The phrase bind the strong man (or strongman) is a reference to a passage in the book of Mark, where Jesus is responding to some Jewish scribes who were accusing Him of being possessed by Beelzebul. Their argument was that “by the prince of demons he is driving out demons” (Mark 3:22). In other words, the reason the demons listened to Jesus was that they were in league with Him and recognized Him as their commanding officer, so to speak.
Jesus refuted their blasphemous argument with plain logic: “How can Satan cast out Satan?” (Mark 3:23) and then gave them a parable. First, Jesus spoke of the principle of a divided kingdom, which cannot stand (verses 24–26). Then He told them, “No one can enter a strong man’s house without first tying him up. Then he can plunder the strong man’s house” (Mark 3:27). Jesus refers to Satan as the “strong man” and to Himself as the One who enters the house and plunders the place. Of course, before Satan allows his domain to be “plundered,” he must be incapacitated. Jesus was not in league with Satan, as the scribes suggested, but had come to the earth, to what is essentially Satan’s “house” (1 John 5:19), in order to bind Satan and plunder his “goods,” which are the souls of men (John 17:15; Luke 4:18; Ephesians 4:8).
A parallel passage says this: “When a strong man, fully armed, guards his own house, his possessions are safe. But when someone stronger attacks and overpowers him, he takes away the armor in which the man trusted and divides up his plunder” (Luke 11:21–22). Satan is strong, and he holds possessions that he guards jealously. But Jesus is the One who was and is stronger than the strong man. He is the only One who can bind the strong man and rescue us from his clutches (see John 12:31).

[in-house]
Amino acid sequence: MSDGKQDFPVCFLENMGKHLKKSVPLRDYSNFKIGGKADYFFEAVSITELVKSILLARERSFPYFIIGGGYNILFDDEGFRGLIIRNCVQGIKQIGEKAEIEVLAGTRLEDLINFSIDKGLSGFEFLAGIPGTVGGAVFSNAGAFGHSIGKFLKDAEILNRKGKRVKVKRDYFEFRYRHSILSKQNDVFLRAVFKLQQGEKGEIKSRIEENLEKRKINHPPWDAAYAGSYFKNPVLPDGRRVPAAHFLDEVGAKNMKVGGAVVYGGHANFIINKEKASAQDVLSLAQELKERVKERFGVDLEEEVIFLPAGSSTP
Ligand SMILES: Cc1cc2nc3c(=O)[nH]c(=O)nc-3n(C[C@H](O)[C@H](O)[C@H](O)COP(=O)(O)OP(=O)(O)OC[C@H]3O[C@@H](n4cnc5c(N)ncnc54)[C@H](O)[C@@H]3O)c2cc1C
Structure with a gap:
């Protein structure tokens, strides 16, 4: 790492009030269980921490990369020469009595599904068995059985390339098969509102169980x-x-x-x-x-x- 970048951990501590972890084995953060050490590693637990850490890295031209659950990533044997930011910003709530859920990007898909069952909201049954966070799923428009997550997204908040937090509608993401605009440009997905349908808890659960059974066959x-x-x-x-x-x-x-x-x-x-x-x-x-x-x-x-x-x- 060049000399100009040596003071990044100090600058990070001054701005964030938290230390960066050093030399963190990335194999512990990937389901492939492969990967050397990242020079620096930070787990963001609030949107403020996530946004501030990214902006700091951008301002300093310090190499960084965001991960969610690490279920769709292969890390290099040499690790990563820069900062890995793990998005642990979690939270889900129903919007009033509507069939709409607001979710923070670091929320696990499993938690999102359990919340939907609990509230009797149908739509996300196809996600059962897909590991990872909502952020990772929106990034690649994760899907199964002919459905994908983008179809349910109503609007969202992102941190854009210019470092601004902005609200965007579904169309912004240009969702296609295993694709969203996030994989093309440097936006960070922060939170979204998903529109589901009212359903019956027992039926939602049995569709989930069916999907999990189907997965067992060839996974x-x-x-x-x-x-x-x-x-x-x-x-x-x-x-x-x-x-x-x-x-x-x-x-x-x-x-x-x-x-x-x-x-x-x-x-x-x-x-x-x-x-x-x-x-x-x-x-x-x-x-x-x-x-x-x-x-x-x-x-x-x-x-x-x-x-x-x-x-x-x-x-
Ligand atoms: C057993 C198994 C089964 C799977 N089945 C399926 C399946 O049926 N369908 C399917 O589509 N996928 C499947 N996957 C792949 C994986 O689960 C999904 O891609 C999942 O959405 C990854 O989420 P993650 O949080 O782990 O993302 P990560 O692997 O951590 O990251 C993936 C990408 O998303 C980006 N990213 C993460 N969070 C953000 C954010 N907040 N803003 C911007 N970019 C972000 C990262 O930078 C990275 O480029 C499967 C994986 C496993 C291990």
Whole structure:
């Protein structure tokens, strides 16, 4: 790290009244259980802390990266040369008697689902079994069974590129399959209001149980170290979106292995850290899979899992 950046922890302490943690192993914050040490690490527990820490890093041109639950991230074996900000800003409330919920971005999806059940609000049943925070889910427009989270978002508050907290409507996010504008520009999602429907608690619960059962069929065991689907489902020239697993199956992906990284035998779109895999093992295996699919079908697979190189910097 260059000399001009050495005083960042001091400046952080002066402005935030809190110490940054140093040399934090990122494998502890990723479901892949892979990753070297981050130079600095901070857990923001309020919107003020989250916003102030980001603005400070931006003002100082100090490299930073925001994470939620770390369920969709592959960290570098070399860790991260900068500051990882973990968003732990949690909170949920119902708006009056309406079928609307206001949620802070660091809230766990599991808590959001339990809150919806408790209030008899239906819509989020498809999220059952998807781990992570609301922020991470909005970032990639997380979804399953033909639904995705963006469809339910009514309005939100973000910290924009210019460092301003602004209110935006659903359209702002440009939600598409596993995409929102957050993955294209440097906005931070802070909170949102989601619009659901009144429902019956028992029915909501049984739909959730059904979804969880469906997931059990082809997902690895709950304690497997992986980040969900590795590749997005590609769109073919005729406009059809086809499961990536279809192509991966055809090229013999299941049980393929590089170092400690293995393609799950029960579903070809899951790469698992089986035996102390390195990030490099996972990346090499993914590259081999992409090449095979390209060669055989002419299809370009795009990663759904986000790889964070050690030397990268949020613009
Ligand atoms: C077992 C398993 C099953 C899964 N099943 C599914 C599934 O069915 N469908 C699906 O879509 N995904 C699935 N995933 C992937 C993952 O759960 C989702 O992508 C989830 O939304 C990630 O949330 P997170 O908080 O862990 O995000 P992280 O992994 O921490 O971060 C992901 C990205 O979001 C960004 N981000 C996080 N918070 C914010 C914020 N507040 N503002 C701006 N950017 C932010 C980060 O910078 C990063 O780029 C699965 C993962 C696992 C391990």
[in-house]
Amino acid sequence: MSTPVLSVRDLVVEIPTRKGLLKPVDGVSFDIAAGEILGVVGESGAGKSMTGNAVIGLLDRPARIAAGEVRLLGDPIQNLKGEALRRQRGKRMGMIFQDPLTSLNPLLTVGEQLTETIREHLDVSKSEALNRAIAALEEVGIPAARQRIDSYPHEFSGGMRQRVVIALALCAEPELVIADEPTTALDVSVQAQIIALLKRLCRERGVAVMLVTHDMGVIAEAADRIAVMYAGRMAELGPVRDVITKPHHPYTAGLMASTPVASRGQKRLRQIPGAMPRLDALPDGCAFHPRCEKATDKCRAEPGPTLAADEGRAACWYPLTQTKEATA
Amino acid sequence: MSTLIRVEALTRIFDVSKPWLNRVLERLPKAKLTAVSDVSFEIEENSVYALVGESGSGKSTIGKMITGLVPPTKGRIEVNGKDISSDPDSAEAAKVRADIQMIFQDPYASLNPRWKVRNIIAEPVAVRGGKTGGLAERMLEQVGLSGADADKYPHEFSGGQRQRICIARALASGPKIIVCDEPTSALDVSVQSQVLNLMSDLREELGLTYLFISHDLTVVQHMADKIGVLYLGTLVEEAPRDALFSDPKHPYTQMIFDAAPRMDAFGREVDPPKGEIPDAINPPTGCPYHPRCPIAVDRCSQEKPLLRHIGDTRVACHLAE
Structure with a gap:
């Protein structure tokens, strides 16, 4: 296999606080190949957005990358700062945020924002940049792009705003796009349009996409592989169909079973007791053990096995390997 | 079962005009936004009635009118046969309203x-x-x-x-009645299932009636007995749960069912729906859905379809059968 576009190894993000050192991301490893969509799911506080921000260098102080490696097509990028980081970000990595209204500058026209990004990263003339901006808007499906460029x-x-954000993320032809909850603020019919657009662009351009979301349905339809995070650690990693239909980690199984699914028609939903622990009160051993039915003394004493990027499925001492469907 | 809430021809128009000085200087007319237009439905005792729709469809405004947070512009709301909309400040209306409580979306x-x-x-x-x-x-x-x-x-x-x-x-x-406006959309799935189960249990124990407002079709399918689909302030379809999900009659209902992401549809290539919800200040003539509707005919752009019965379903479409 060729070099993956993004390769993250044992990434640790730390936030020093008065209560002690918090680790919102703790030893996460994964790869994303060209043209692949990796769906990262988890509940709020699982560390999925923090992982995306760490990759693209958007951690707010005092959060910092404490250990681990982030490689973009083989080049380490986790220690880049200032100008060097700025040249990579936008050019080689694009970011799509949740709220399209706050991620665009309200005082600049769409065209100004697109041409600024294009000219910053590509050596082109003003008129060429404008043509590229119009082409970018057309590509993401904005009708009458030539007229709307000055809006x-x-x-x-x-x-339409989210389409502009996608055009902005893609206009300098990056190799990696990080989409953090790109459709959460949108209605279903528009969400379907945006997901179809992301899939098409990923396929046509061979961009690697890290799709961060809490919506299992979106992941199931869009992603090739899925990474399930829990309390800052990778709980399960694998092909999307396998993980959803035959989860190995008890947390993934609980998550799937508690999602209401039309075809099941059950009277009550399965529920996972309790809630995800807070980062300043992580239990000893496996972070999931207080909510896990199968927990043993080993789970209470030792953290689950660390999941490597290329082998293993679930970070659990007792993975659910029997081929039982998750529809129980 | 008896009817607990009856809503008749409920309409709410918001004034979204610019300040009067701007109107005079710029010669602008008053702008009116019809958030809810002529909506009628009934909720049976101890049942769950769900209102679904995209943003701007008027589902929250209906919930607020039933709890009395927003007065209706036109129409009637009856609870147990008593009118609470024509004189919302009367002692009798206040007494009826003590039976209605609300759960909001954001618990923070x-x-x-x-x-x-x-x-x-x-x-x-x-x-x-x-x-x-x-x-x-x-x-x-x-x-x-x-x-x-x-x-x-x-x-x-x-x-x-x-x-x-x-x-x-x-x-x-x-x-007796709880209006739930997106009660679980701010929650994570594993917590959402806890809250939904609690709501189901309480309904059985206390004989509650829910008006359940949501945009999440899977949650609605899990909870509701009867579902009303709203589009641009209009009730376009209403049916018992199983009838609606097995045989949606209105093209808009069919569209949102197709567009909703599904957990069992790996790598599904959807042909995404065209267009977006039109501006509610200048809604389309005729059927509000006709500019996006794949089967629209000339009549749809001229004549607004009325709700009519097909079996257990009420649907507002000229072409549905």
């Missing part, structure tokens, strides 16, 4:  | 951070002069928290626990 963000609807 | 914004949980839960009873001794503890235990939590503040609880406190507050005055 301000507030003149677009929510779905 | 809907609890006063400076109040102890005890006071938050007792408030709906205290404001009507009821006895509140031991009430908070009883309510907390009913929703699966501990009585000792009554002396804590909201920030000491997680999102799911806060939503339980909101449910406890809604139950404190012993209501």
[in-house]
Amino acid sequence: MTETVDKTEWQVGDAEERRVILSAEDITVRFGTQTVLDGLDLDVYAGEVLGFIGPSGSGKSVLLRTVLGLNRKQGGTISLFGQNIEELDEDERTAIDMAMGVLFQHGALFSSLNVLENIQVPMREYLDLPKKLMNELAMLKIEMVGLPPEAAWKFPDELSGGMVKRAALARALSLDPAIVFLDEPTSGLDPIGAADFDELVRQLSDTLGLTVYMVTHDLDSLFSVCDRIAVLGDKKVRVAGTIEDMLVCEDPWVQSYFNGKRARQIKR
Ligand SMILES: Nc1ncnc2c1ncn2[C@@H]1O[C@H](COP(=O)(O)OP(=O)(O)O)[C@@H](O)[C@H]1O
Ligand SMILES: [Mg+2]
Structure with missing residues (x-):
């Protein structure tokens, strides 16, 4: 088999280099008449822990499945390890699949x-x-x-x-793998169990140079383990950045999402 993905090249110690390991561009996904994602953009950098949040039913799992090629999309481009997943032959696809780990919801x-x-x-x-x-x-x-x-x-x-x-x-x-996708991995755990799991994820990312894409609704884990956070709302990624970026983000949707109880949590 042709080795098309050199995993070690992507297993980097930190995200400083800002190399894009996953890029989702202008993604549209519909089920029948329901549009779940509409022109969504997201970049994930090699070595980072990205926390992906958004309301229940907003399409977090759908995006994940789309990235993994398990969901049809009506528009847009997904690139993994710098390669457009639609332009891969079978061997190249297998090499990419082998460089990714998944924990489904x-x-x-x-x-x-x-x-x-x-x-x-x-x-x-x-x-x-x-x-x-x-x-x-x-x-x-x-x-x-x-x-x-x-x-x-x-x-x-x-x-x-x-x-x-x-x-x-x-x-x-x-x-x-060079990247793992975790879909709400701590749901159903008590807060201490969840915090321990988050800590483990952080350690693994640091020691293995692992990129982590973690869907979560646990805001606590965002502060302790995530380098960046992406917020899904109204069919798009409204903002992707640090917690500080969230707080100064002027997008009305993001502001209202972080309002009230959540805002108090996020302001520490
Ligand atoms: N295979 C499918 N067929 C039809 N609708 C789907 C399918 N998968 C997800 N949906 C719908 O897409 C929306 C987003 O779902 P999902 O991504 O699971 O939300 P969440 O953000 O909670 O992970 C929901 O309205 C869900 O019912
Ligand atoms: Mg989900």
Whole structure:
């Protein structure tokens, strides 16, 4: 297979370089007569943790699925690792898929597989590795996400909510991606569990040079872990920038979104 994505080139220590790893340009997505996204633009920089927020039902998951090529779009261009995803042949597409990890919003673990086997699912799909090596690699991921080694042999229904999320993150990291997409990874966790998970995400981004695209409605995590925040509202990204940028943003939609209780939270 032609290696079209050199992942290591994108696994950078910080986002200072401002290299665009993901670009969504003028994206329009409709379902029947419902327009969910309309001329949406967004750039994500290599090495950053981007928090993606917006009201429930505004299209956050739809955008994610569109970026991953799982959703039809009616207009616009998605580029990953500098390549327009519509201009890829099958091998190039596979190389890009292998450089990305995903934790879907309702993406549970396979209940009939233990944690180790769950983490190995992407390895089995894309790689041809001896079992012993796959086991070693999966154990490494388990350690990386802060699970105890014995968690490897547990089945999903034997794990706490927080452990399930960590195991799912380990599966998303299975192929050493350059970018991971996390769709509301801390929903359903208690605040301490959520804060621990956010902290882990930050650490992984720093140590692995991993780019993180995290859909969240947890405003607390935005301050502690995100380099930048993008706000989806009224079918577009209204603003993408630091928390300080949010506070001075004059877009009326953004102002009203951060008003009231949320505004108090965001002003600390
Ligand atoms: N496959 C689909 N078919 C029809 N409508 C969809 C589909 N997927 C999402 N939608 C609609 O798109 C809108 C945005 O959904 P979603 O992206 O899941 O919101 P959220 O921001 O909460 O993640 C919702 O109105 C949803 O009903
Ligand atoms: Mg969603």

Some Christians, usually in the Charismatic or Pentecostal movements, apply Jesus’ parable to the spiritual warfare that believers must wage. They teach that Christians are the ones who must “bind the strong man” in their lives or in their cities and then win the victory in Jesus’ name. Some Charismatic preachers even name the “strong men” and attempt to identify the cities or geographical areas over which they hold power. Such doctrines go far beyond what Jesus said. The Lord’s parable was simply to impress upon the scribes that He was not in league with Satan. Never does Jesus instruct us to “bind the strong man” or tell us how to do it. We do not have warrant to interpret the parable as a spiritual reality over geographical regions.